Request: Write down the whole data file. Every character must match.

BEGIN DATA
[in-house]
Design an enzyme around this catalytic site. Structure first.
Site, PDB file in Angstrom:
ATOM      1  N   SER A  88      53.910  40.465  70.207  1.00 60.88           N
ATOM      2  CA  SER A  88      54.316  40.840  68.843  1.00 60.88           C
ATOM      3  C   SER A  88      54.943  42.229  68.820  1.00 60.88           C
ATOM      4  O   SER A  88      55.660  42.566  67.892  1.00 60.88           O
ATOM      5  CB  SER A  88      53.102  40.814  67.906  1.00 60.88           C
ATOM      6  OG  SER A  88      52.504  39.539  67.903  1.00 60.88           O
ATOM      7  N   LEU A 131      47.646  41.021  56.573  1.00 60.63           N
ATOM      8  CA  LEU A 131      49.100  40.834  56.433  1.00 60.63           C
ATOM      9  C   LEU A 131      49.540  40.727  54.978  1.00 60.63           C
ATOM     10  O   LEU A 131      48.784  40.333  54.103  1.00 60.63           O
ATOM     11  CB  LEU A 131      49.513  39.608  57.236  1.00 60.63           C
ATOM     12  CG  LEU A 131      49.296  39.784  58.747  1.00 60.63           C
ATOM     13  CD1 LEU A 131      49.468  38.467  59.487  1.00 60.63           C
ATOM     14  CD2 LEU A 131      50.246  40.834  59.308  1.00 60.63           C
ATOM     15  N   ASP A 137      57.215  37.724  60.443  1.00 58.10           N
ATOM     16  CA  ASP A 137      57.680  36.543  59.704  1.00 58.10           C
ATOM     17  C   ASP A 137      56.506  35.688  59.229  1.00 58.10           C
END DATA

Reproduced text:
[in-house]
Design an enzyme around this catalytic site. Structure first.
Site, PDB file in Angstrom:
ATOM      1  N   SER A  88      53.910  40.465  70.207  1.00 60.88           N
ATOM      2  CA  SER A  88      54.316  40.840  68.843  1.00 60.88           C
ATOM      3  C   SER A  88      54.943  42.229  68.820  1.00 60.88           C
ATOM      4  O   SER A  88      55.660  42.566  67.892  1.00 60.88           O
ATOM      5  CB  SER A  88      53.102  40.814  67.906  1.00 60.88           C
ATOM      6  OG  SER A  88      52.504  39.539  67.903  1.00 60.88           O
ATOM      7  N   LEU A 131      47.646  41.021  56.573  1.00 60.63           N
ATOM      8  CA  LEU A 131      49.100  40.834  56.433  1.00 60.63           C
ATOM      9  C   LEU A 131      49.540  40.727  54.978  1.00 60.63           C
ATOM     10  O   LEU A 131      48.784  40.333  54.103  1.00 60.63           O
ATOM     11  CB  LEU A 131      49.513  39.608  57.236  1.00 60.63           C
ATOM     12  CG  LEU A 131      49.296  39.784  58.747  1.00 60.63           C
ATOM     13  CD1 LEU A 131      49.468  38.467  59.487  1.00 60.63           C
ATOM     14  CD2 LEU A 131      50.246  40.834  59.308  1.00 60.63           C
ATOM     15  N   ASP A 137      57.215  37.724  60.443  1.00 58.10           N
ATOM     16  CA  ASP A 137      57.680  36.543  59.704  1.00 58.10           C
ATOM     17  C   ASP A 137      56.506  35.688  59.229  1.00 58.10           C